# 11.2 Hash tables

## 11.2-1

Suppose we use a hash function $h$ to hash $n$ distinct keys into an array $T$ of length $m$. Assuming simple uniform hashing, what is the expected number of collisions? More precisely, what is the expected cardinality of $\{\{k, l\}: k \ne l \text{ and } h(k) = h(l)\}$?

Under the assumption of simple uniform hashing, we will use linearity of expectation to compute this.

Suppose that all the keys are totally ordered $\{k_1, \dots, k_n\}$. Let $X_i$ be the number of $\ell$'s such that $\ell > k_i$ and $h(\ell) = h(k_i)$. So $X_i$ is the (expected) number of times that key $k_i$ is collided by those keys hashed afterward. Note, that this is the same thing as $\sum_{j > i} \Pr(h(k_j) = h(k_i)) = \sum_{j > i} 1 / m = (n - i) / m$. Then, by linearity of expectation, the number of collisions is the sum of the number of collisions for each possible smallest element in the collision. The expected number of collisions is

$$\sum_{i = 1}^n \frac{n - i}{m} = \frac{n^2 - n(n + 1) / 2}{m} = \frac{n^2 - n}{2m}.$$

## 11.2-2

Demonstrate what happens when we insert the keys $5, 28, 19, 15, 20, 33, 12, 17, 10$ into a hash table with collisions resolved by chaining. Let the table have $9$ slots, and let the hash function be $h(k) = k \mod 9$.

Let us number our slots $0, 1, \dots, 8$.

Then our resulting hash table will look like following:

$$\begin{array}{c|l} h(k) & \text{keys} \\ \hline 0 \mod 9 & \\ 1 \mod 9 & 10 \to 19 \to 28 \\ 2 \mod 9 & 20 \\ 3 \mod 9 & 12 \\ 4 \mod 9 & \\ 5 \mod 9 & 5 \\ 6 \mod 9 & 33 \to 15 \\ 7 \mod 9 & \\ 8 \mod 9 & 17 \end{array}$$

## 11.2-3

Professor Marley hypothesizes that he can obtain substantial performance gains by modifying the chaining scheme to keep each list in sorted order. How does the professor's modification affect the running time for successful searches, unsuccessful searches, insertions, and deletions?

• Successful searches: no difference, $\Theta(1 + \alpha)$.
• Unsuccessful searches: faster but still $\Theta(1 + \alpha)$.
• Insertions: same as successful searches, $\Theta(1 + \alpha)$.
• Deletions: same as before if we use doubly linked lists, $\Theta(1)$.

## 11.2-4

Suggest how to allocate and deallocate storage for elements within the hash table itself by linking all unused slots into a free list. Assume that one slot can store a flag and either one element plus a pointer or two pointers. All dictionary and free-list operations should run in $O(1)$ expected time. Does the free list need to be doubly linked, or does a singly linked free list suffice?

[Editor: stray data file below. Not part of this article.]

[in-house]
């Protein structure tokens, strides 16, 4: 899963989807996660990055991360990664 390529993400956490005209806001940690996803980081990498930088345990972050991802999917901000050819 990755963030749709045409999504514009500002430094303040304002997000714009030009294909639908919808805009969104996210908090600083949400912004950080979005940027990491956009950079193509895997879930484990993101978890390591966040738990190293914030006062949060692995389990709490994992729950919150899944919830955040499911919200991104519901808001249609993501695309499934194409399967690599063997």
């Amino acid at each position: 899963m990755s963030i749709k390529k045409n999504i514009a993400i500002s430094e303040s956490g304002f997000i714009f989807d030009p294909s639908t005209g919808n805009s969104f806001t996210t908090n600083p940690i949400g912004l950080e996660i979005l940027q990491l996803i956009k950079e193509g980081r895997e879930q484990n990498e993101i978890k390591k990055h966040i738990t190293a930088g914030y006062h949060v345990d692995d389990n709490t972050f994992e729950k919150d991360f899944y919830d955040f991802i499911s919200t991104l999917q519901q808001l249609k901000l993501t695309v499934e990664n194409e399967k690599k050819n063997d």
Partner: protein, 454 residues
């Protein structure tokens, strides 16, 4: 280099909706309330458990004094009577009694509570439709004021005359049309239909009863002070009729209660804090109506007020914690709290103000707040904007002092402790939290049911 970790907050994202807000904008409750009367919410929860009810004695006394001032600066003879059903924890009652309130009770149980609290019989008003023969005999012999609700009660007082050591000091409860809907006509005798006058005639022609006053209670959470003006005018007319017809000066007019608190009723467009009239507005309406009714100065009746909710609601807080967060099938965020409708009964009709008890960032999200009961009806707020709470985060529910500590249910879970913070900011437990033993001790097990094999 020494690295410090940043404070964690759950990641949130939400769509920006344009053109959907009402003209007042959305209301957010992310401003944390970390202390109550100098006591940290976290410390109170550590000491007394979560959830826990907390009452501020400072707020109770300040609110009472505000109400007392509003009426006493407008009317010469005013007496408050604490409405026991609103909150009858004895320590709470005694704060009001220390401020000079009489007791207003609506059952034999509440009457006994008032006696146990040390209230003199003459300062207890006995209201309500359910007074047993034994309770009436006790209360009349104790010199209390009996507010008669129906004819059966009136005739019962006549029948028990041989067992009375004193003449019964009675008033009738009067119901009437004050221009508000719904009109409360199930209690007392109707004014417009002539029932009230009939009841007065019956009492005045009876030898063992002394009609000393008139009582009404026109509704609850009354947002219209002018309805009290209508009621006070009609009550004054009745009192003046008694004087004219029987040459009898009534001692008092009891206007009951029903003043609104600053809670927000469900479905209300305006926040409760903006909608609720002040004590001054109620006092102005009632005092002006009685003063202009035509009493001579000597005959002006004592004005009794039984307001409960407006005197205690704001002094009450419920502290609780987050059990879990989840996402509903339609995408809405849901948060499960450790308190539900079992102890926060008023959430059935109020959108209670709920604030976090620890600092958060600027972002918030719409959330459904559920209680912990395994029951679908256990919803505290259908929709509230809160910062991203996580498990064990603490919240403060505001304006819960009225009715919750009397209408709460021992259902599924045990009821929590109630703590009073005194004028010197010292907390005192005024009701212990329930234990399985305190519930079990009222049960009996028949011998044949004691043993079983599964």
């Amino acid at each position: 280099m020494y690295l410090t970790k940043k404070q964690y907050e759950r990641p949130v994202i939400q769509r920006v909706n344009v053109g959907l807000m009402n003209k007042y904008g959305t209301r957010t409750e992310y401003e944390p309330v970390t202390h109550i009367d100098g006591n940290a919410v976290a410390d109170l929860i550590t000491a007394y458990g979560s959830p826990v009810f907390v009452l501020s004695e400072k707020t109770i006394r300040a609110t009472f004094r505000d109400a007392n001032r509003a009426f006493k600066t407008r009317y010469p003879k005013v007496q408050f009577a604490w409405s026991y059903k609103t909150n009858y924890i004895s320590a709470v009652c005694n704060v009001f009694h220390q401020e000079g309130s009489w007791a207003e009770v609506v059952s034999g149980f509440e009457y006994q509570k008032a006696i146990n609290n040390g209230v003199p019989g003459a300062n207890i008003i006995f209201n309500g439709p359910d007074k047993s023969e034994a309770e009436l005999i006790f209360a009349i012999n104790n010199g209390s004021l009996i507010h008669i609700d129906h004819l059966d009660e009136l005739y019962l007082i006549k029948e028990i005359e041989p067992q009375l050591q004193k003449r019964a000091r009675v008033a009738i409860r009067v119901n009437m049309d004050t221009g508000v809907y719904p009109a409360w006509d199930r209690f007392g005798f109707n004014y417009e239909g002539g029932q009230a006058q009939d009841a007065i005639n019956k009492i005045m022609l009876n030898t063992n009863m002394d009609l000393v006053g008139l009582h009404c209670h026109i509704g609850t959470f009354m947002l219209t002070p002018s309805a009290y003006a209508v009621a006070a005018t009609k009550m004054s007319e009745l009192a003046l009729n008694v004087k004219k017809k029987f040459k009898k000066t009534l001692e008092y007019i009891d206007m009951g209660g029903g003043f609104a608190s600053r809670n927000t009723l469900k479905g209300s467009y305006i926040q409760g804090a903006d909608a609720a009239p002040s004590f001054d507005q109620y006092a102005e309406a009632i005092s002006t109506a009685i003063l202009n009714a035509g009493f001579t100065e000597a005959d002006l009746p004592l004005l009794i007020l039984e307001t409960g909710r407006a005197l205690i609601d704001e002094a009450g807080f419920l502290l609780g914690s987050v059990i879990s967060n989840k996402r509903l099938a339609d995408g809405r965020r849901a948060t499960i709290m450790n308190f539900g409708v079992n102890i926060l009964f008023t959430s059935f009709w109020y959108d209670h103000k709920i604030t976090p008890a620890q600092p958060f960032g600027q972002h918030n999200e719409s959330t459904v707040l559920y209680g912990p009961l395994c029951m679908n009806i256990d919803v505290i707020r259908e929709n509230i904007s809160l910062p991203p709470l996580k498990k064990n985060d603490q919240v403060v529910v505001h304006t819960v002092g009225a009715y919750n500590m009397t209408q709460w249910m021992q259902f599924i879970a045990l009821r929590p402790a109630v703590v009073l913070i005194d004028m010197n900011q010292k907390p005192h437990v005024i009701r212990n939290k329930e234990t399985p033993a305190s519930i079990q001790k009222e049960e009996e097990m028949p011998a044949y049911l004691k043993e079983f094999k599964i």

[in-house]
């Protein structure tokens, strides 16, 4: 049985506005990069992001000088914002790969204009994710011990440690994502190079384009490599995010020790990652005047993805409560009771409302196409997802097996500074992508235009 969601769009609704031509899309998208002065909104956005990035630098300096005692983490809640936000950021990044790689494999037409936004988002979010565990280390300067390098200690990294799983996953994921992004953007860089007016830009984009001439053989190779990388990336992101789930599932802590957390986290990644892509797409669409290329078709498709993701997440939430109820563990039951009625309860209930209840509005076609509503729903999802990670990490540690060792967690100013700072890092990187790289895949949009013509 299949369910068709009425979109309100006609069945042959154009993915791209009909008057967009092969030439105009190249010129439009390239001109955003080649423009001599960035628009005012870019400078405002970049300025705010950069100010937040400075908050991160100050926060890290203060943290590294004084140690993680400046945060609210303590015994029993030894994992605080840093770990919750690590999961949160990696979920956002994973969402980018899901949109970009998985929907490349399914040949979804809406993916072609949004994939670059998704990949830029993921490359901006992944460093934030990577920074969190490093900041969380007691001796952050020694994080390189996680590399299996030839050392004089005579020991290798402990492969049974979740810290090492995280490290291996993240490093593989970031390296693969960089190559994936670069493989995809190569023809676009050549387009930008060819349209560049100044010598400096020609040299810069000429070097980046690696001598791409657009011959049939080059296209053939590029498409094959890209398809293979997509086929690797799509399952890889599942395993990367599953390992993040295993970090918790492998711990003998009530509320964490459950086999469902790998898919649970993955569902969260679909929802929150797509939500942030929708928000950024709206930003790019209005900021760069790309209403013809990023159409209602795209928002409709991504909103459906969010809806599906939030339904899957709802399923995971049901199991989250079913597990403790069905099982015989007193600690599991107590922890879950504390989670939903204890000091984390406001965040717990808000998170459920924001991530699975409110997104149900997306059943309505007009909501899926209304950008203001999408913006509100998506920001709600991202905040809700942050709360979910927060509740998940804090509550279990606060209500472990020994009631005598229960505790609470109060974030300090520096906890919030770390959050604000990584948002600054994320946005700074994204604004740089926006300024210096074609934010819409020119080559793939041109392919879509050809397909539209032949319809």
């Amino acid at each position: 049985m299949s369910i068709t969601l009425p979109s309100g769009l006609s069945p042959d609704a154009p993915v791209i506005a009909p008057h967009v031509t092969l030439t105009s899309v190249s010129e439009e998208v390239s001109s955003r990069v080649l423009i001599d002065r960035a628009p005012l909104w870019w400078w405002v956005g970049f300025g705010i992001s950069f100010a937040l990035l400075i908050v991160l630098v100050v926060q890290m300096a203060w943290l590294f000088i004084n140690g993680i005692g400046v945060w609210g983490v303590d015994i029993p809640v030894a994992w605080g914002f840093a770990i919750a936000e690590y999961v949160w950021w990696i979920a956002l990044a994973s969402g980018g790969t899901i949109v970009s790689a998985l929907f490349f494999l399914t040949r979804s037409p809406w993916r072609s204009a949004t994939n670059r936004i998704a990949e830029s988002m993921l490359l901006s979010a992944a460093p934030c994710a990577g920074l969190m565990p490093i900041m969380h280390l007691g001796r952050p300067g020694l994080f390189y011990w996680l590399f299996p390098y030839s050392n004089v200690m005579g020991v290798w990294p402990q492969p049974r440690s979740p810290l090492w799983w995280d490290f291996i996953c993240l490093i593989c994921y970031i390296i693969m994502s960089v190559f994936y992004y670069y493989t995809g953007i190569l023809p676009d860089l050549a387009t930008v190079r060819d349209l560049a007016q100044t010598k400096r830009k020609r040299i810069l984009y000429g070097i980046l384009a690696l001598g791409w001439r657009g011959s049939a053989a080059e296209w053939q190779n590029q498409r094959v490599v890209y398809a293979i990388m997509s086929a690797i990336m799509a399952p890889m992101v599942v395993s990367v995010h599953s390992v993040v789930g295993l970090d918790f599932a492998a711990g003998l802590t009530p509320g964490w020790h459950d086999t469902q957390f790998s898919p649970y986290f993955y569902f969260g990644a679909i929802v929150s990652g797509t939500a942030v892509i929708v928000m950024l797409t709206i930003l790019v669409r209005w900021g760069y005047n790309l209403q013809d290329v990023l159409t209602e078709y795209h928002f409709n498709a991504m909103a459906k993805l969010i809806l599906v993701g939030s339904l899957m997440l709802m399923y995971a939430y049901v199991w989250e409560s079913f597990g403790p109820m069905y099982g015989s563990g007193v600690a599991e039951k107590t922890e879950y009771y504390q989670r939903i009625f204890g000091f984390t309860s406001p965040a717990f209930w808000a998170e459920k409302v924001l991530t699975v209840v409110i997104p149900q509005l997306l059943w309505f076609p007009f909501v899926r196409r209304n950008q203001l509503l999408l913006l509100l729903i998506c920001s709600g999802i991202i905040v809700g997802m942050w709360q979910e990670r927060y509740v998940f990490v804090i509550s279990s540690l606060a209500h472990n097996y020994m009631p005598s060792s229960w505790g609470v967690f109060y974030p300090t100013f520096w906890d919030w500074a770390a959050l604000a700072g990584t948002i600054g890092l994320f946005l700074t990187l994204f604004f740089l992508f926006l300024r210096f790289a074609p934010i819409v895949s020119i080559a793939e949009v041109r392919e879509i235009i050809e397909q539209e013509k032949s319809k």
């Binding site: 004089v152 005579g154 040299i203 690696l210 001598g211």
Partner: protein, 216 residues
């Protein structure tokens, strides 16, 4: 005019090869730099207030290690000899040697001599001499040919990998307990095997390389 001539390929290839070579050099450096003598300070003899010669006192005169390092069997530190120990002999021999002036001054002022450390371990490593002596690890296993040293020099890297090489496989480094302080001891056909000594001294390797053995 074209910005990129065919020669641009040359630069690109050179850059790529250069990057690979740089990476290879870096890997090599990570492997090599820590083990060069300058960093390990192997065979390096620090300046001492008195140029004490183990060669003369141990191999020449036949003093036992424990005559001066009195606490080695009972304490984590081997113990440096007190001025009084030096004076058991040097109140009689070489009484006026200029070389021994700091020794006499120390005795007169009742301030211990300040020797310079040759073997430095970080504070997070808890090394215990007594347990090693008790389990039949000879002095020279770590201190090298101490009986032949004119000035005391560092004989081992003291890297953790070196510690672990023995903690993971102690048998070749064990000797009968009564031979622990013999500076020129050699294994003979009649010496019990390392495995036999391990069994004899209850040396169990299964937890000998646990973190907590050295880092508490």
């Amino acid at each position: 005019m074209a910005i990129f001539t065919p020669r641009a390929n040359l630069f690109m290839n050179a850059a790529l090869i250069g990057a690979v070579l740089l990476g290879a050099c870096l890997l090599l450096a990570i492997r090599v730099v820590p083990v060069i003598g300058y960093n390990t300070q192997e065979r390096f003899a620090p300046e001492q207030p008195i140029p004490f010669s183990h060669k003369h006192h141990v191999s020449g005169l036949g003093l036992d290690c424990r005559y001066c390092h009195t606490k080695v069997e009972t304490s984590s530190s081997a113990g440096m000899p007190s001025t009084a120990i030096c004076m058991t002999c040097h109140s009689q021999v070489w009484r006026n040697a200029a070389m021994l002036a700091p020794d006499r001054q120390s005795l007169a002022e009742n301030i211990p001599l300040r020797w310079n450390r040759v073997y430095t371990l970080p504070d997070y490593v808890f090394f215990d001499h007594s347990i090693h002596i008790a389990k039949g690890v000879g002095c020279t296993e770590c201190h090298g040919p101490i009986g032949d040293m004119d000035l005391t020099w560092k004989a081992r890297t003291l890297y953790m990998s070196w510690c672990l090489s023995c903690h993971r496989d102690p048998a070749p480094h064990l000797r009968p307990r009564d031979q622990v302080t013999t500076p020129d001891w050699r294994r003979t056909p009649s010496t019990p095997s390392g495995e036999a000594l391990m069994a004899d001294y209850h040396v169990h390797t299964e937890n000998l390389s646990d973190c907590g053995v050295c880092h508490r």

The flag in each slot of the hash table will be $1$ if the element contains a value, and $0$ if it is free. The free list must be doubly linked.

• Search is unmodified, so it has expected time $O(1)$.
• To insert an element $x$, first check if $T[h(x.key)]$ is free. If it is, delete $T[h(x.key)]$ and change the flag of $T[h(x.key)]$ to $1$. If it wasn't free to begin with, simply insert $x.key$ at the start of the list stored there.
• To delete, first check if $x.prev$ and $x.next$ are $\text{NIL}$. If they are, then the list will be empty upon deletion of $x$, so insert $T[h(x.key)]$ into the free list, update the flag of $T[h(x.key)]$ to $0$, and delete $x$ from the list it's stored in. Since deletion of an element from a singly linked list isn't $O(1)$, we must use a doubly linked list.
• All other operations are $O(1)$.

## 11.2-5

Suppose that we are storing a set of $n$ keys into a hash table of size $m$. Show that if the keys are drawn from a universe $U$ with $|U| > nm$, then $U$ has a subset of size $n$ consisting of keys that all hash to the same slot, so that the worst-case searching time for hashing with chaining is $\Theta(n)$.

Suppose the $m - 1$ slots contains at most $n - 1$ elements, then the remaining slot should have

$$|U| - (m - 1)(n - 1) > nm - (m - 1)(n - 1) = n + m - 1 \ge n$$

elements, thus $U$ has a subset of size $n$.

## 11.2-6

Suppose we have stored $n$ keys in a hash table of size $m$, with collisions resolved by chaining, and that we know the length of each chain, including the length $L$ of the longest chain. Describe a procedure that selects a key uniformly at random from among the keys in the hash table and returns it in expected time $O(L \cdot (1 + 1 / \alpha))$.

Choose one of the $m$ spots in the hash table at random. Let $n_k$ denote the number of elements stored at $T[k]$. Next pick a number $x$ from $1$ to $L$ uniformly at random. If $x < n_j$, then return the $x$th element on the list. Otherwise, repeat this process. Any element in the hash table will be selected with probability $1 / mL$, so we return any key with equal probability. Let $X$ be the random variable which counts the number of times we must repeat this process before we stop and $p$ be the probability that we return on a given attempt. Then $E[X] = p(1 + \alpha) + (1 − p)(1 + E[X])$ since we'd expect to take $1 + \alpha$ steps to reach an element on the list, and since we know how many elements are on each list, if the element doesn't exist we'll know right away. Then we have $E[X] = \alpha + 1 / p$. The probability of picking a particular element is $n / mL = \alpha / L$. Therefore, we have

\begin{aligned} E[X] & = \alpha + L / \alpha \\ & = L(\alpha/L + 1/\alpha) \\ & = O(L(1 + 1/\alpha)) \end{aligned}

since $\alpha \le L$.